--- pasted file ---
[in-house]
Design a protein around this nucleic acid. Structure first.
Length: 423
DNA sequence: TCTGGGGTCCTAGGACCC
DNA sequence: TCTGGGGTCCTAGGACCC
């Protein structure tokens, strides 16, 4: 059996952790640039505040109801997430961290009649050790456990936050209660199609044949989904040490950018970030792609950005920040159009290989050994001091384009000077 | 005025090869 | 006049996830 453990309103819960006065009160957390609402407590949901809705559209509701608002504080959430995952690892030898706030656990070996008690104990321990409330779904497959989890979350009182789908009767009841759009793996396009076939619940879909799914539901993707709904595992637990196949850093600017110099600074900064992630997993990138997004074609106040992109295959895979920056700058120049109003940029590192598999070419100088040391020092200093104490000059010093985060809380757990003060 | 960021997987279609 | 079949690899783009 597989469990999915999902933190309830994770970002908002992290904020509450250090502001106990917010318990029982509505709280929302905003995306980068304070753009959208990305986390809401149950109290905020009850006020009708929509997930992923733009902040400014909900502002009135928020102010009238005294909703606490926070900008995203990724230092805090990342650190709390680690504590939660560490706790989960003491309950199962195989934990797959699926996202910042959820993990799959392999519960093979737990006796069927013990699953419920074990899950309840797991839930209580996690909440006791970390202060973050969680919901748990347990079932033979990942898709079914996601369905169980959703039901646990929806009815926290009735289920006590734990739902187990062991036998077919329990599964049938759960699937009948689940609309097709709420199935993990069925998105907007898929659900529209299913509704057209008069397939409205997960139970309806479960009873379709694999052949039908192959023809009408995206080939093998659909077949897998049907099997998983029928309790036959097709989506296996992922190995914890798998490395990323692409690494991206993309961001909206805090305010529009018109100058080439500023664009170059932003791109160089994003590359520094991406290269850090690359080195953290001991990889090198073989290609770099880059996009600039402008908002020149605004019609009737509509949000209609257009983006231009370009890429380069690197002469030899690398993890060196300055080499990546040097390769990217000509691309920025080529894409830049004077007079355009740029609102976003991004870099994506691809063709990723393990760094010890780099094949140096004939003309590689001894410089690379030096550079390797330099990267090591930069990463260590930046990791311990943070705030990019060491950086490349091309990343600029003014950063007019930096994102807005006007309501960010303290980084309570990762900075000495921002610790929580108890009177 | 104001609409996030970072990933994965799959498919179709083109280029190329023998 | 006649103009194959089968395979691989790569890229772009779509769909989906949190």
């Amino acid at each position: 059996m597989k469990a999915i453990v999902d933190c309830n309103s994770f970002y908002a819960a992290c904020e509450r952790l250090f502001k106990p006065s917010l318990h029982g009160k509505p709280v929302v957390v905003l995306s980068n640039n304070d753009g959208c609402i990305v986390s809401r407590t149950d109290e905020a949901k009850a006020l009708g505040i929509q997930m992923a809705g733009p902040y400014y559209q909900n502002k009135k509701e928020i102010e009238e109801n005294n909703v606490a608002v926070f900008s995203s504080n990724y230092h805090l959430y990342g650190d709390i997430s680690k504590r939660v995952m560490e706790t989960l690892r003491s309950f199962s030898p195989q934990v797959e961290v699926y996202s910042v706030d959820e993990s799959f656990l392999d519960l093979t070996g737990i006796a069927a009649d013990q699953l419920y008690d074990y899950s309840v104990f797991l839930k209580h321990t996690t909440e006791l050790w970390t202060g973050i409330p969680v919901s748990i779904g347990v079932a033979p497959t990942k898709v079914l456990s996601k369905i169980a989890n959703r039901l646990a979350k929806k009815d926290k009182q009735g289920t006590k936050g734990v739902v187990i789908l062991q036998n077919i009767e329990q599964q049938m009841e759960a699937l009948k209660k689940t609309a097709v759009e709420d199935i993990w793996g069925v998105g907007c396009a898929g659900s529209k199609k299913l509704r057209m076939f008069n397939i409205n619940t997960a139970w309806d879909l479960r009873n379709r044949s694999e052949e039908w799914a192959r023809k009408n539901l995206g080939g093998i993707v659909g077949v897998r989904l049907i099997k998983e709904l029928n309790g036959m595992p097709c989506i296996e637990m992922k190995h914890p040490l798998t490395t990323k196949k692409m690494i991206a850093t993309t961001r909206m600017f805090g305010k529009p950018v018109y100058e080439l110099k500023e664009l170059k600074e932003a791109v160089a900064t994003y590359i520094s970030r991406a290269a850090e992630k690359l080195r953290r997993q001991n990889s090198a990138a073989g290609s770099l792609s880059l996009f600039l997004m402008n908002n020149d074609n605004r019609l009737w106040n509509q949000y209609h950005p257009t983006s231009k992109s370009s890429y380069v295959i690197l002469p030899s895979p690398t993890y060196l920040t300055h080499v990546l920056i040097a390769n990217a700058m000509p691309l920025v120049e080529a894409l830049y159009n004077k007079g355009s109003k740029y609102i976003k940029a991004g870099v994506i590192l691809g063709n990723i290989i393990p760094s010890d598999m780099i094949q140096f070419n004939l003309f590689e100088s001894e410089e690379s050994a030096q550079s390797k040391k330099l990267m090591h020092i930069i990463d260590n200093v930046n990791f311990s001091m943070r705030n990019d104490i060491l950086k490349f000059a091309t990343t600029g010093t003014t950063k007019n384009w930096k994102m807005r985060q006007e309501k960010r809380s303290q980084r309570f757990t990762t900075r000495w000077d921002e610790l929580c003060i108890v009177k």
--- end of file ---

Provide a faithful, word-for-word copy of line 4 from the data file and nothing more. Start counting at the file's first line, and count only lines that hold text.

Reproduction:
DNA sequence: TCTGGGGTCCTAGGACCC